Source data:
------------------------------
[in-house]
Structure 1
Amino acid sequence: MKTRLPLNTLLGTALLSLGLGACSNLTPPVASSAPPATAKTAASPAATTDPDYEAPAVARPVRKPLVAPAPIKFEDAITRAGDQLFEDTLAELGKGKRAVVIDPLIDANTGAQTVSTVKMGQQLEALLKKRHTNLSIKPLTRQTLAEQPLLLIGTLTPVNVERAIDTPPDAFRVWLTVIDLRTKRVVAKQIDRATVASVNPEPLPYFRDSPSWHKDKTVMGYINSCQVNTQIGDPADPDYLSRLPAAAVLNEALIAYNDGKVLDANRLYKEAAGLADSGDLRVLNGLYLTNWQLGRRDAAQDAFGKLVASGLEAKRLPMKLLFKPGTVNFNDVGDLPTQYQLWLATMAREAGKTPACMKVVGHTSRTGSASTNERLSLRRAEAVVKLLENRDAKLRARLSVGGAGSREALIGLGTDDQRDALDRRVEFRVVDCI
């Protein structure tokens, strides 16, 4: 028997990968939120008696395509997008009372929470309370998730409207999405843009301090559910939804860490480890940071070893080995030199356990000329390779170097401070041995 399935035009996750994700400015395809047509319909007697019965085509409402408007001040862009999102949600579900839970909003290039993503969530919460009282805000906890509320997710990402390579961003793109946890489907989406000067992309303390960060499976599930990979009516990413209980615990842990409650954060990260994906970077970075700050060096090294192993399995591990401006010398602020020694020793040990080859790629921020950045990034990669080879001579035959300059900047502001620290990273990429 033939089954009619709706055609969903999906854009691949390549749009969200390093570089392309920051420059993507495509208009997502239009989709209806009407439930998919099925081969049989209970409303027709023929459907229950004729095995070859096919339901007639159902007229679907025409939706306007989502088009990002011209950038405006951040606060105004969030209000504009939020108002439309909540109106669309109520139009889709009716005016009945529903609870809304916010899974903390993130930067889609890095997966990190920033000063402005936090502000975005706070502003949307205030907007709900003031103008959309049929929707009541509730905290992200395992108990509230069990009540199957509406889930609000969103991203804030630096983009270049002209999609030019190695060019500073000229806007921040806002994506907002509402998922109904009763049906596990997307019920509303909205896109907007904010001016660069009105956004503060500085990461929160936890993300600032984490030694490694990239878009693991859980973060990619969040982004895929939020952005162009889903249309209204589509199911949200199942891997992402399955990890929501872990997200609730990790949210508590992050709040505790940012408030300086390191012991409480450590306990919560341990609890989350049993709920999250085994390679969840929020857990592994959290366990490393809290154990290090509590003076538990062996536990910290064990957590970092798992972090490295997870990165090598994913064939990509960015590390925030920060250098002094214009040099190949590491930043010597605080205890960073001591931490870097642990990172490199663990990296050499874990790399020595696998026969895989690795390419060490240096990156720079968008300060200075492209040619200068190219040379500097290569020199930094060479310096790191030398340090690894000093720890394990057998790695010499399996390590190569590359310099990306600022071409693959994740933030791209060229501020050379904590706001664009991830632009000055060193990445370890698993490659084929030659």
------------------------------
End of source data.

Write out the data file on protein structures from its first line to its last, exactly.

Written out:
[in-house]
Structure 1
Amino acid sequence: MKTRLPLNTLLGTALLSLGLGACSNLTPPVASSAPPATAKTAASPAATTDPDYEAPAVARPVRKPLVAPAPIKFEDAITRAGDQLFEDTLAELGKGKRAVVIDPLIDANTGAQTVSTVKMGQQLEALLKKRHTNLSIKPLTRQTLAEQPLLLIGTLTPVNVERAIDTPPDAFRVWLTVIDLRTKRVVAKQIDRATVASVNPEPLPYFRDSPSWHKDKTVMGYINSCQVNTQIGDPADPDYLSRLPAAAVLNEALIAYNDGKVLDANRLYKEAAGLADSGDLRVLNGLYLTNWQLGRRDAAQDAFGKLVASGLEAKRLPMKLLFKPGTVNFNDVGDLPTQYQLWLATMAREAGKTPACMKVVGHTSRTGSASTNERLSLRRAEAVVKLLENRDAKLRARLSVGGAGSREALIGLGTDDQRDALDRRVEFRVVDCI
């Protein structure tokens, strides 16, 4: 028997990968939120008696395509997008009372929470309370998730409207999405843009301090559910939804860490480890940071070893080995030199356990000329390779170097401070041995 399935035009996750994700400015395809047509319909007697019965085509409402408007001040862009999102949600579900839970909003290039993503969530919460009282805000906890509320997710990402390579961003793109946890489907989406000067992309303390960060499976599930990979009516990413209980615990842990409650954060990260994906970077970075700050060096090294192993399995591990401006010398602020020694020793040990080859790629921020950045990034990669080879001579035959300059900047502001620290990273990429 033939089954009619709706055609969903999906854009691949390549749009969200390093570089392309920051420059993507495509208009997502239009989709209806009407439930998919099925081969049989209970409303027709023929459907229950004729095995070859096919339901007639159902007229679907025409939706306007989502088009990002011209950038405006951040606060105004969030209000504009939020108002439309909540109106669309109520139009889709009716005016009945529903609870809304916010899974903390993130930067889609890095997966990190920033000063402005936090502000975005706070502003949307205030907007709900003031103008959309049929929707009541509730905290992200395992108990509230069990009540199957509406889930609000969103991203804030630096983009270049002209999609030019190695060019500073000229806007921040806002994506907002509402998922109904009763049906596990997307019920509303909205896109907007904010001016660069009105956004503060500085990461929160936890993300600032984490030694490694990239878009693991859980973060990619969040982004895929939020952005162009889903249309209204589509199911949200199942891997992402399955990890929501872990997200609730990790949210508590992050709040505790940012408030300086390191012991409480450590306990919560341990609890989350049993709920999250085994390679969840929020857990592994959290366990490393809290154990290090509590003076538990062996536990910290064990957590970092798992972090490295997870990165090598994913064939990509960015590390925030920060250098002094214009040099190949590491930043010597605080205890960073001591931490870097642990990172490199663990990296050499874990790399020595696998026969895989690795390419060490240096990156720079968008300060200075492209040619200068190219040379500097290569020199930094060479310096790191030398340090690894000093720890394990057998790695010499399996390590190569590359310099990306600022071409693959994740933030791209060229501020050379904590706001664009991830632009000055060193990445370890698993490659084929030659």